Dog man: the musical when : Starting March 4, Saturdays, 11am, 2pm and 4:30pm, Sundays, 12pm and 3 pm, Mondays, Thursdays, and Fridays, 7 pm, through April 30 where : New World Stages, 340 W 50th Street, New York aGeS: 5 – 12

what: Everyone’s favorite crime fighting dog leaps off the pages and onto the stage in this hilarious family show. want to Go?: $50-$116.

holi in nyc

when : March 8, 4 – 6 pm where : Waterline Square, 400 West 61st Street, New York

aGeS: All what: Celebrate Holi with powder play, performances, dance workshops and Indian drummers.

want to Go?: Free.

wonder women when : Starting March 4, Saturdays and Sundays, 10 am – 5 pm, through March 26. where : Children’s Museum of Manhattan, 212 West 83rd Street, New York

aGeS: All

what: Celebrate Women’s History Month and commemorate pioneering figures in science, technology, arts & design, and mathematics. want to Go?: Included with admission: $16; $13 seniors and visitors with disabilities. (212) 721–1223,

Bro Nx

family time: Double Dutch

when : March 18, 3 – 5 pm where : The Bronx Museum, 1040 Grand Concourse, Bronx aGeS: All

what: All ages and skill levels are welcome to an afternoon of double dutch with experienced instructors.

want to Go?: Free. (718) 681–6000,

wings of Dublin irish Dance

when : March 19, 4 pm where : Lehman Center for the Performing Arts, 250 Bedford Park Boulevard West, Bronx

aGeS: 5 and up what: See exquisite Irish and World champion dancers together with Ireland’s finest musical and vocal virtuosos. want to Go?: $32-$83. (718) 960–8833,

Quee NS

Spring children’s Garden family Day

when : March 12, 1 – 4 pm where : Queens Botanical Garden, 43-50 Main Street, Flushing aGeS: 2-12

what: Participate in planting activities and crafts, and learn about all the programs the Garden has to offer for children.

want to Go?: $5 suggested donation. (718) 886–3800,

March 2023 | Brooklyn Family 37 MARC h calendar
esencial comes to Ba M Fisher, starting March 25. new York Family losts a Family Fun day and camp Fair at the Brooklyn Public library central Branch on March 4.

Books We Love

Our editors share their favorite new reads

The Soul of an Octopus

Author: Sy Montgomery

Genre: Non-fiction, Nature

A woman befriends octopuses at the New England Aquarium. The heartwarming book shows the intelligence and complexity of these spirited, playful and fascinating creatures, as well as the meaningful bonds they can form with humans.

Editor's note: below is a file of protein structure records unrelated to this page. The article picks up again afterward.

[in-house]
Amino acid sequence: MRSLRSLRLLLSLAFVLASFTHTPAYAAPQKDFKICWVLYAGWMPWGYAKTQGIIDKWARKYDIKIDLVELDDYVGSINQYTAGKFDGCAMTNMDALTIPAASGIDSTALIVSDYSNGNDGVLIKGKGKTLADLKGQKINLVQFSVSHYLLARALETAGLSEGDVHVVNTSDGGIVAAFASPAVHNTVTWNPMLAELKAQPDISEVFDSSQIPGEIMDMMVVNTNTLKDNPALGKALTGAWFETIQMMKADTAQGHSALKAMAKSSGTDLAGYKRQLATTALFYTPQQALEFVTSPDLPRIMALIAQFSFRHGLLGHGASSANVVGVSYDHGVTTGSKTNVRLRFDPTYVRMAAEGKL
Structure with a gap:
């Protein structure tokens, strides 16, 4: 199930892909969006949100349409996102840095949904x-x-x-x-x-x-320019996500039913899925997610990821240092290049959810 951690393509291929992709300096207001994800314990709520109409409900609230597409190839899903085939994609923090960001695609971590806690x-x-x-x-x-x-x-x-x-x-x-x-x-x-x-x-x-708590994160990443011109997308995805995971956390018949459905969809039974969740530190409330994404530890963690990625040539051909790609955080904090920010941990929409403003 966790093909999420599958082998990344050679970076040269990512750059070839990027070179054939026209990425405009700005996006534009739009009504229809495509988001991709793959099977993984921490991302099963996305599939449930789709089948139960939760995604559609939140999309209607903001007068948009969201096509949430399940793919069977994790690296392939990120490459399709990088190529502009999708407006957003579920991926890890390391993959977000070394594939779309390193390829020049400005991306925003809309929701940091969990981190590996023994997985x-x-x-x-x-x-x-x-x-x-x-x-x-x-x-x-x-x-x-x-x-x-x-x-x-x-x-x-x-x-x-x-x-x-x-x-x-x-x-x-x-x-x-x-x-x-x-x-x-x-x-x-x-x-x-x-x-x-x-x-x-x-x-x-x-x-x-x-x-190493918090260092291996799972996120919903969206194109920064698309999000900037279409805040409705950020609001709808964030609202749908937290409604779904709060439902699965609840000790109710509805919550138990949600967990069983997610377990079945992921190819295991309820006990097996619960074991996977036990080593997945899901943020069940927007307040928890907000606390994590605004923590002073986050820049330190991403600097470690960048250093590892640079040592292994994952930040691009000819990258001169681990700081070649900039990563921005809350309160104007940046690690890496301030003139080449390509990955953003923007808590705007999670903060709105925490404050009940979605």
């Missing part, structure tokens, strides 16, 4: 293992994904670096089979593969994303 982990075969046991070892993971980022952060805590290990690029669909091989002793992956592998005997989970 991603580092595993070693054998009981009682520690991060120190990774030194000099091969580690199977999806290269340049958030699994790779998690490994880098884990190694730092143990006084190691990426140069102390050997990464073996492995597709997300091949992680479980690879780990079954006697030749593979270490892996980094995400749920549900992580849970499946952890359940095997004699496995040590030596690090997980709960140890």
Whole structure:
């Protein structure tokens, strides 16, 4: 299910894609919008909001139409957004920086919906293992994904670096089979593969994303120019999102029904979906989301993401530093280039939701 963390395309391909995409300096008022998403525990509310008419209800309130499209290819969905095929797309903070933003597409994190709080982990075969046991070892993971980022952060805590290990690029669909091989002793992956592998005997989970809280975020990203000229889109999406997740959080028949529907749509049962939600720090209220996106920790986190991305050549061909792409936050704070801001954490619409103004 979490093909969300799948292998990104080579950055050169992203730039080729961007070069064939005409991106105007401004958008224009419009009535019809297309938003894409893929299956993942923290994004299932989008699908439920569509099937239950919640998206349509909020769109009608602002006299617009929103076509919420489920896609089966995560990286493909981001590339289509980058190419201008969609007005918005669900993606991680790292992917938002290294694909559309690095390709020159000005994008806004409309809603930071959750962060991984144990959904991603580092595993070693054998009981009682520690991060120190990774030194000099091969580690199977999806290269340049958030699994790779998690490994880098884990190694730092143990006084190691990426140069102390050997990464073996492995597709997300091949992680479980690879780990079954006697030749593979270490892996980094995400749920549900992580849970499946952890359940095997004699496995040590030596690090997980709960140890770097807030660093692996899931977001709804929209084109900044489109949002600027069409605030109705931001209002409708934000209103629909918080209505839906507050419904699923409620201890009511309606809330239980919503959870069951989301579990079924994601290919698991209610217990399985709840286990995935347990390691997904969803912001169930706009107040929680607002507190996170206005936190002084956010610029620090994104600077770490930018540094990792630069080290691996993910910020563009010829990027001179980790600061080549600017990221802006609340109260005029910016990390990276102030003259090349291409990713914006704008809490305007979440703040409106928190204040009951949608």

Editor: Barbara Russo

Such a Fun Age

Author: Kiley Reid

Genre: Fiction, Coming-of-age

A case of racial profiling causes the relationship between a young Black woman and the wealthy white mother she babysits for to disintegrate. As both women try to figure out the other, they come to realize that their lives are far more intertwined than they could have ever imagined. Themes of race, identity, and privilege are undercut by humor and snappy writing that makes the novel hard to put down.

Editor: Vered Ornstein

Book Lovers

Author: Emily Henry

Genre: Romance

Cut-throat literary agent Nora Stephens is far from the typical heroine in a romance novel – and she should know, she’s read them all. When her younger sister begs her to go on a vacation to a tiny town in North Carolina, Nora keeps running into Charlie, a brooding book editor she’s worked with one too many times. But as their paths in this tiny town cross again and again, Nora and Charlie both discover that they’re more than the literary tropes they’ve assigned themselves.

Editor: Kaitlyn Riggio

I’m Glad My Mom Died

Author: Jennette McCurdy

Genre: Memoir

Fans of the Nickelodeon teen series’ iCarly and Sam and Kat will be left stunned by this biographical bombshell from the actor who plays the shows’ popular character, Sam Puckett. In it, she details how her mother forced her into a career she wanted no part of from a very young age, and how it led to a long-term struggle with eating disorders and alcohol abuse. The extremely personal and revealing memoir is the kind that will stay with you for a while, whether you’re familiar with its celebrity author or not.

Editor: Jeannine Cintron

The Rules Do Not Apply

Author: Ariel Levy

Genre: Memoir

Trigger warning on this book. This book is written with brutal honesty and does include the heartache of loss and love that doesn’t always work out. The book shares the author’s life as she navigates her career and life and how while some parts are sad - in my opinion, the openness is beautifully written and reminds us that we all have diverse outcomes for our actions but this is the heartbreak and beauty of life.

Editor: Donna Duarte Ladd

Somebody’s Daughter

Author: Ashley C. Ford

Genre: Memoir

This powerful memoir highlights Ashley’s complicated childhood that she defines with such depth and detail. She gives readers a look into her life – and her struggles, growing up poor and Black. A very different coming-of-age-story, she beautifully weaves stories of who she was, her family, her body, relationships, poverty, and more – recounting how they made part of who she is – as she learns to become herself.

Editor: Serena Norr

38 | March 2023
Editors’ Picks
Saturday March 4th, 2023 - 12pm to 3pm Brooklyn Public Library at 10 Grand Army Plaza. RSVP Now - Space is Limited Discovery and Fun all in one place, in one afternoon. Don’t miss out. Get your FREE ticket now! Fun for the Whole Family BROOKLYN FAMILY • Meet Camp Directors • Games & Raffles • Arts & Crafts • Free Treats • Face Painting • Balloon Animals • Fun Photo Station • Prizes & more to come! New Date March 4th!

Applications are open for the upcoming 2023-24 school year at

At Ascend families and students are cherished in a warm supportive environment that fosters students’ social skills, self-reliance, intellectual confidence, and enthusiasm. or email